THE YOUNG MAN WATCHED at his mother’s hospital bedside as she succumbed to the nefarious disease tuberculosis before his eyes.
The woman that bore him, nurtured him and worked so hard as he grew up and was educated to be able to live an affluent modern lifestyle had died without fully realising the benefits of all she had invested in him.
The man was devastated. He was mentally torn to shreds. Worst of all, his mother had died of a disease that, according to medical science, is curable. Why?
The young man pondered. As he stood there, anguished and perplexed, his tearful eyes caught sight of many other souls, young and old, lying motionless in their beds waiting for their time to come or recuperation.
His heart went out to them. And he promised, ‘I will never leave this hospital’.
The organisation carries the motto, ‘Simbus helping Simbus – people helping people’.
Jimmy Drekore, son of Barbina and Raphael Drekore of the Dinga number two tribe in the Sinasina Yongomugl District of the Simbu Province, Papua New Guinea, was born on 15 September 1976. He was the eldest in a family of six, with one brother and two sisters.
Jimmy grew to school age under the watchful eyes of Barbina and Raphael. He attended Koge Primary School at the age of five, and was in Grades 1-6 from 1982-87. He completed Grade 10 in 1991at Kondiu Rosary High School.
In 1992, Jimmy went to Downlands College in Toowoomba on the plateau west of Brisbane, Australia, on a three-year scholarship courtesy of AIDAB (the Australian International Development Assistant Bureau).
At the end of his schooling, Jimmy returned to PNG and studied applied science at the Lae University of Technology from 1995-98. He graduated with a bachelor’s degree in applied chemistry.
The following year he got a job as an analytical chemist with Newcrest’s gold mine at Lihir Island in the New Ireland Province. It’s the position he still holds today.
In 2004, Jimmy’s mother Barbina passed on at the Sir Joseph Nombri Memorial Hospital Kundiawa. Jimmy was devastated. It was very painful. Standing at the bedside of his dead mother, Jimmy promised to never leave the hospital.
Two years later, the promise was manifested in the establishment of a humanitarian organisation that has grown from strength to strength. Its members comprise Simbus of all creed and walks of life across the globe. It is Simbu Children Foundation (SCF).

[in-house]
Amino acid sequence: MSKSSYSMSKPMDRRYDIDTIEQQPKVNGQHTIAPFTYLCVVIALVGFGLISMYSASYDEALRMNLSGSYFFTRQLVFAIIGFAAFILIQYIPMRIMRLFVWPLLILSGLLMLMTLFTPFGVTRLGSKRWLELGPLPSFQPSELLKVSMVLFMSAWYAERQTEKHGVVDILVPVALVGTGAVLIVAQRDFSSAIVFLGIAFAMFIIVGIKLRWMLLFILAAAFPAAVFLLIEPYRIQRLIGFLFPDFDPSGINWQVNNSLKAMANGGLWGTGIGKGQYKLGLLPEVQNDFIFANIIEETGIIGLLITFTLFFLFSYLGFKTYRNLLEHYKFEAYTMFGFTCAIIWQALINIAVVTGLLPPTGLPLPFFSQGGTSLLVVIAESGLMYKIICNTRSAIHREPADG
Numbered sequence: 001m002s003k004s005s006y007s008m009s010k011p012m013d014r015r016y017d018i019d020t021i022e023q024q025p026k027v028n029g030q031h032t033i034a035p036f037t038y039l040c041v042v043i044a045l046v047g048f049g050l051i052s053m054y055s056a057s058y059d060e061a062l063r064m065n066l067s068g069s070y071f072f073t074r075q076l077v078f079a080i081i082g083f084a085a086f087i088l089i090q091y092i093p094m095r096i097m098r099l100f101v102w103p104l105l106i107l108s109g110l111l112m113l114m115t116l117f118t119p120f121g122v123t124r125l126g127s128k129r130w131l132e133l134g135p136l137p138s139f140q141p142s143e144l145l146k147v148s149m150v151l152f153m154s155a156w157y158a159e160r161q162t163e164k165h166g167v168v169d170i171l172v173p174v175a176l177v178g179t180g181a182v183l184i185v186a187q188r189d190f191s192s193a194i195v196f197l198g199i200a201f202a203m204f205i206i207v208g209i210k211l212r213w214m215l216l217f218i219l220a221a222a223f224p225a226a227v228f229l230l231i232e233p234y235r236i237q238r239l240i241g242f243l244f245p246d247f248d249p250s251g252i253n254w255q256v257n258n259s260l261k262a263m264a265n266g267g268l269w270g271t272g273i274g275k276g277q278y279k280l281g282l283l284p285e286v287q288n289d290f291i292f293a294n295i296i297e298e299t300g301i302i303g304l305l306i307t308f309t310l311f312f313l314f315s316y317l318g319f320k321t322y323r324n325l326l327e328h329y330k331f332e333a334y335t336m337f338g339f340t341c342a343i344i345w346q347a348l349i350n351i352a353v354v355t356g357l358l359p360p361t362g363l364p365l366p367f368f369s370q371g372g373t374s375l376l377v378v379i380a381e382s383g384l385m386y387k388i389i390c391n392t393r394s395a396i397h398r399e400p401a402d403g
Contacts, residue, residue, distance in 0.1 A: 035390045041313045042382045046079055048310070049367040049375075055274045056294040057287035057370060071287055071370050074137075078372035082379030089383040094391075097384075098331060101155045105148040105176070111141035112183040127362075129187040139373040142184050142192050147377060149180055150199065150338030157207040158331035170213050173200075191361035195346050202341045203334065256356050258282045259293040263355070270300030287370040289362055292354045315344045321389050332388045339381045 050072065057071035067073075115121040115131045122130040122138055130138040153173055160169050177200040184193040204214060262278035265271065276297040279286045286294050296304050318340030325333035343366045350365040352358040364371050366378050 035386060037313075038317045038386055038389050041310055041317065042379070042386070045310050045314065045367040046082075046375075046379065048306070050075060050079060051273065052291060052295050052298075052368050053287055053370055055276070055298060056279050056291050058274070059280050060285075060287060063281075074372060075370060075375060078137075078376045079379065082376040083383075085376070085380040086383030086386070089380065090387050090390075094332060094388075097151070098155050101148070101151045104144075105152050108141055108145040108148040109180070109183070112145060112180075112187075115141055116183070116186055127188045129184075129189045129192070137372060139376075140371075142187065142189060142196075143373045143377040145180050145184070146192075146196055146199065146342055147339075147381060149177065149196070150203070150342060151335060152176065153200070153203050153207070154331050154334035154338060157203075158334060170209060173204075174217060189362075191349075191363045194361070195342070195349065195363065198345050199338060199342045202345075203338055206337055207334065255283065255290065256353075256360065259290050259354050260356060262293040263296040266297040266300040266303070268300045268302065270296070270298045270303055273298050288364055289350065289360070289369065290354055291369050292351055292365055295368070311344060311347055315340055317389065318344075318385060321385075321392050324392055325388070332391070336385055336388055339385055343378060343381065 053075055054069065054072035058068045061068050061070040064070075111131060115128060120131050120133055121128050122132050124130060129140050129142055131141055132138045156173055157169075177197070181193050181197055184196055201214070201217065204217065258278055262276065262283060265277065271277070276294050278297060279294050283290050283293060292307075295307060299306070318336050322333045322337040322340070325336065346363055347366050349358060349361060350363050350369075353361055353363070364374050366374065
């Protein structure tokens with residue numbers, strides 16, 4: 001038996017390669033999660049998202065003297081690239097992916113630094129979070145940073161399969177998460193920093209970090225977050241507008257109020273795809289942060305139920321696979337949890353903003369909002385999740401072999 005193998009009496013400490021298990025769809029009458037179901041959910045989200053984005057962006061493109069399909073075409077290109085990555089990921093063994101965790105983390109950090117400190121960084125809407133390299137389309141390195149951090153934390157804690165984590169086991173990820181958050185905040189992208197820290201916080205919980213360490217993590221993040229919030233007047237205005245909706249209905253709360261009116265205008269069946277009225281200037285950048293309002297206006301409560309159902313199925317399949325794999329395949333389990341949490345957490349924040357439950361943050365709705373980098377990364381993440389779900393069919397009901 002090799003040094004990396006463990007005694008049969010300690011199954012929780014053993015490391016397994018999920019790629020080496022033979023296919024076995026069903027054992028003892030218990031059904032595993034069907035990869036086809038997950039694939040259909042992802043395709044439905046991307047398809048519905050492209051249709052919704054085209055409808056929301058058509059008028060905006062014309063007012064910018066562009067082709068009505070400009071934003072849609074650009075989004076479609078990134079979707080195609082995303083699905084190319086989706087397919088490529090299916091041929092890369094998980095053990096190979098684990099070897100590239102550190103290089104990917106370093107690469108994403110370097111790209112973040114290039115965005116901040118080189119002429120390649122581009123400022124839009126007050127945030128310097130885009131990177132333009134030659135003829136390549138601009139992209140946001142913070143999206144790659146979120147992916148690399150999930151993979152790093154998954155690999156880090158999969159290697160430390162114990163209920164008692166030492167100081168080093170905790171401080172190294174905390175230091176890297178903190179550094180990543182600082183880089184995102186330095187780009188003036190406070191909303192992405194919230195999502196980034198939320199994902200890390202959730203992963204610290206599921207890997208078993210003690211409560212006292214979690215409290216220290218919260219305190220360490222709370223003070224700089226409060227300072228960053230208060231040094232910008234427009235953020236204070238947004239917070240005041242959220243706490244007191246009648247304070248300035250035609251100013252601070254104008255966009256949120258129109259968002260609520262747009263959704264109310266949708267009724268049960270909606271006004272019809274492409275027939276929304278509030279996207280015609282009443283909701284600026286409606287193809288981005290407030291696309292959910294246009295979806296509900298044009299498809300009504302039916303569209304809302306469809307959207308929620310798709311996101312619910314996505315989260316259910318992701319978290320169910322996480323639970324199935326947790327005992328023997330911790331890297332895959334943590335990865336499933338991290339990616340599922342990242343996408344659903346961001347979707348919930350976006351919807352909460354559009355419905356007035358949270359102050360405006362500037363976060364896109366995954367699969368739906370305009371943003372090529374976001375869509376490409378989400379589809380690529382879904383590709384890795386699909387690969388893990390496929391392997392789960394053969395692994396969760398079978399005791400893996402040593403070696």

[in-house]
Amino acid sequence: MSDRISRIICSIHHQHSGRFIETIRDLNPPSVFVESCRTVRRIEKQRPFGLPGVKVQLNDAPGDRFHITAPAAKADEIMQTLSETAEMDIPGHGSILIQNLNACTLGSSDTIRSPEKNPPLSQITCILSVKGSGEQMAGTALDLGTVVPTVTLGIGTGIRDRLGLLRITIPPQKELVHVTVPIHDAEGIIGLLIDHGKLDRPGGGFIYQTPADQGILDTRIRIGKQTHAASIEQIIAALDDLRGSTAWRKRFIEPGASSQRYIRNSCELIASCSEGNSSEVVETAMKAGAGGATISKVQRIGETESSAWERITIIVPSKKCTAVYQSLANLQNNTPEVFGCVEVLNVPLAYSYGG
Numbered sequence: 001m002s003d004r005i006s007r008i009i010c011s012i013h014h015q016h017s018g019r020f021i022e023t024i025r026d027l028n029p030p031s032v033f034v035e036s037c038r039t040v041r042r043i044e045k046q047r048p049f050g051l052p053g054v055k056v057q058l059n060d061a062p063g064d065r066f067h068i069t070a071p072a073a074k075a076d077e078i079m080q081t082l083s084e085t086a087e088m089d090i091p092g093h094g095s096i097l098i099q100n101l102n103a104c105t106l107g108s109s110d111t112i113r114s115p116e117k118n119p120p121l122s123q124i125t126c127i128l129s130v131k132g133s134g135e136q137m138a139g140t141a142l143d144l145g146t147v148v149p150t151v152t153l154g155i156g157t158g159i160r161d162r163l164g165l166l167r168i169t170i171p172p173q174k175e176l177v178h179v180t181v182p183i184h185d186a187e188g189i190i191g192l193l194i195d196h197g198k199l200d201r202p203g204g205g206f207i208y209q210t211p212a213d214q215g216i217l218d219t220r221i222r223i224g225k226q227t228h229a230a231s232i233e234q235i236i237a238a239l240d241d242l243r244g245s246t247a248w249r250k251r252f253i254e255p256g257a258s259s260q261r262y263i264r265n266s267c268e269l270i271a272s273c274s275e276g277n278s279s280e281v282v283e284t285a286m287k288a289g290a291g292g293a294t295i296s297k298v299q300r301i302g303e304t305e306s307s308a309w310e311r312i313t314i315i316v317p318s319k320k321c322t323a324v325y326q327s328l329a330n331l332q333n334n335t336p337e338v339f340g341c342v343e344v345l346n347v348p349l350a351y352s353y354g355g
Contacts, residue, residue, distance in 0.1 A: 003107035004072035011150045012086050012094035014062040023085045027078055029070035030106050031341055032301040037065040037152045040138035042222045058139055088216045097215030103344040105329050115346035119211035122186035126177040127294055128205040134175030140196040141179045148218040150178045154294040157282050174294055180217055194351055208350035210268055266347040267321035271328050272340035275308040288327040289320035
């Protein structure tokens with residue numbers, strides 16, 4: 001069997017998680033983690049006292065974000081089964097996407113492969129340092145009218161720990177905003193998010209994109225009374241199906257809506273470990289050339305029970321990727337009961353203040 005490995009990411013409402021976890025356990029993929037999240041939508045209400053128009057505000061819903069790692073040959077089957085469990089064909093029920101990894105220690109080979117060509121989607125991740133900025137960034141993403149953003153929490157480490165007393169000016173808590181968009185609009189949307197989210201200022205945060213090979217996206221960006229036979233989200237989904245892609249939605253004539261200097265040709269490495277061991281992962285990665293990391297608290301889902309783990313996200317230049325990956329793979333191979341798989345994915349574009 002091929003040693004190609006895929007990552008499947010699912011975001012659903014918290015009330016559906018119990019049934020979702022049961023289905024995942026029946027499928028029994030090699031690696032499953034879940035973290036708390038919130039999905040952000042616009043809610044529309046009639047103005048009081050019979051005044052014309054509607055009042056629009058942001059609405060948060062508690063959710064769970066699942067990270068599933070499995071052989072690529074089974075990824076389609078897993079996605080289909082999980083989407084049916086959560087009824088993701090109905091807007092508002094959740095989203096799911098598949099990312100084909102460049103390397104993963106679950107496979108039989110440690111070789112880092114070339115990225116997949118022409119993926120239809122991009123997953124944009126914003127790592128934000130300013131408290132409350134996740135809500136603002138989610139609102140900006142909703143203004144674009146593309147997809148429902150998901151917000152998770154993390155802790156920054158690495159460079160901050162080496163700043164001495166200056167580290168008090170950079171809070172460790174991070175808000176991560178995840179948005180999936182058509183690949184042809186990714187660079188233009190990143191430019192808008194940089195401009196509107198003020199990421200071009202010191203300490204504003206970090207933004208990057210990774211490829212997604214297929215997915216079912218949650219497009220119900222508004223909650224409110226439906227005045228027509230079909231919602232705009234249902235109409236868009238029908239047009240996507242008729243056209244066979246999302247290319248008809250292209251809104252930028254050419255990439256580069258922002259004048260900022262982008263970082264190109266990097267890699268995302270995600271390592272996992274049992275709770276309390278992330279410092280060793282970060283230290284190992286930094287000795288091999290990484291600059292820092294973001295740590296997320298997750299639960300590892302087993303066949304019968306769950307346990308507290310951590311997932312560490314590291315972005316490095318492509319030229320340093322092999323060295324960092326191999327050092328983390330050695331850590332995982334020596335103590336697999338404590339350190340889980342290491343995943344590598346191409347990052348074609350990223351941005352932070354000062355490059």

Simbu Province in the central highlands of PNG is mountainous. Economic resources and opportunities are limited. The annual income for an average village family is less than K1,000. That kind of money is insufficient to meet all the financial needs of the family including medical expenses.
For a child with a heart problem is to travel to Port Moresby with guardian or parent for the visiting specialist overseas doctors to operate on costs around K1,500 to K2,000 depending on the age of the child.
Most parents cannot afford this kind of money, so the child has to die.
There are many such cases. The idea of SCF fills this vacuum of addressing the social welfare needs of the poor. And Simbus in all works of life enthusiastically volunteered when the idea of forming SCFwas floated.
It initially started as family charity work. After his mother’s demise, Jimmy and his young wife Merrilyn embarked on a monthly protein diet supplement program by supplying milk, Milo, eggs and chicken liver to sick children in the pediatric ward which SCF has now taken over.
At the same time, Jimmy floated the idea of forming a charity to support the sick and disadvantaged children of Simbu with the aim of developing a healthy future for Simbu men and women. The response was heartening. Simbus in all walks of life joined SCF.
Merrilyn, a secondary school teacher and a very understanding and cooperative wife, worked hard alongside Jimmy to ensure the idea became a reality. Merrilyn remains a force behind the successes of SCF.
By 2006 all the formalities were in place and in 2008, then Governor General Sir Paulias Matane officially launched the Foundation at a glittering occasion at the Crowne Plaza in Port Moresby.
Since then the organisation has grown from strength to strength in achieving its aim of helping the sick and disadvantaged children of Simbu.